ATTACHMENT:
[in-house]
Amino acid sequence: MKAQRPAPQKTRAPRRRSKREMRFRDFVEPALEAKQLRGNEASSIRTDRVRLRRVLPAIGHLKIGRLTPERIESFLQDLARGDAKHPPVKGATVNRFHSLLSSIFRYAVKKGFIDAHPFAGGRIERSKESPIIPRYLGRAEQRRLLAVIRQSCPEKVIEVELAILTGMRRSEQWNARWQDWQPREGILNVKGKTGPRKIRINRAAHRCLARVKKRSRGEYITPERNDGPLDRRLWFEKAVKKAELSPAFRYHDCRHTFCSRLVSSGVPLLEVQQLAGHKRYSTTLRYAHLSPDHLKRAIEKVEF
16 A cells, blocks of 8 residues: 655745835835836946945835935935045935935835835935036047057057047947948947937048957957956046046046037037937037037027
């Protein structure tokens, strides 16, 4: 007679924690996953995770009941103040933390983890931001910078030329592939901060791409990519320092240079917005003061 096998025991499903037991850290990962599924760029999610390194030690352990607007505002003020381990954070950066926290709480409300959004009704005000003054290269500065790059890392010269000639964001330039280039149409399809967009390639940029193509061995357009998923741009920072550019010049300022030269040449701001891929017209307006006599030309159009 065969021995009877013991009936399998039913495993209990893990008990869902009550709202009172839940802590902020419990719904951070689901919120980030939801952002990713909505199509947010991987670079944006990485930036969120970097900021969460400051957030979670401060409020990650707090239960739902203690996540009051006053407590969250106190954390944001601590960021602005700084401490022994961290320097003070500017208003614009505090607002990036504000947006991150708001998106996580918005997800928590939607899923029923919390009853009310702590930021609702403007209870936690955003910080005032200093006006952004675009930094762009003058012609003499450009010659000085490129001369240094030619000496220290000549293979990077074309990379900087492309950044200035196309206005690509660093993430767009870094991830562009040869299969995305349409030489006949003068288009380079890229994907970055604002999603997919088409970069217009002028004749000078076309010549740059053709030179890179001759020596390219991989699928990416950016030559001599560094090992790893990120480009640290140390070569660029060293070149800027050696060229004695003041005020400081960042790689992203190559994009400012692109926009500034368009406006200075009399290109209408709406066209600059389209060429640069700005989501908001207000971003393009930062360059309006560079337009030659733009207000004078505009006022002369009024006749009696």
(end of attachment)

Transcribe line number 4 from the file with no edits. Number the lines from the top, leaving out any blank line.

């Protein structure tokens, strides 16, 4: 007679924690996953995770009941103040933390983890931001910078030329592939901060791409990519320092240079917005003061 096998025991499903037991850290990962599924760029999610390194030690352990607007505002003020381990954070950066926290709480409300959004009704005000003054290269500065790059890392010269000639964001330039280039149409399809967009390639940029193509061995357009998923741009920072550019010049300022030269040449701001891929017209307006006599030309159009 065969021995009877013991009936399998039913495993209990893990008990869902009550709202009172839940802590902020419990719904951070689901919120980030939801952002990713909505199509947010991987670079944006990485930036969120970097900021969460400051957030979670401060409020990650707090239960739902203690996540009051006053407590969250106190954390944001601590960021602005700084401490022994961290320097003070500017208003614009505090607002990036504000947006991150708001998106996580918005997800928590939607899923029923919390009853009310702590930021609702403007209870936690955003910080005032200093006006952004675009930094762009003058012609003499450009010659000085490129001369240094030619000496220290000549293979990077074309990379900087492309950044200035196309206005690509660093993430767009870094991830562009040869299969995305349409030489006949003068288009380079890229994907970055604002999603997919088409970069217009002028004749000078076309010549740059053709030179890179001759020596390219991989699928990416950016030559001599560094090992790893990120480009640290140390070569660029060293070149800027050696060229004695003041005020400081960042790689992203190559994009400012692109926009500034368009406006200075009399290109209408709406066209600059389209060429640069700005989501908001207000971003393009930062360059309006560079337009030659733009207000004078505009006022002369009024006749009696």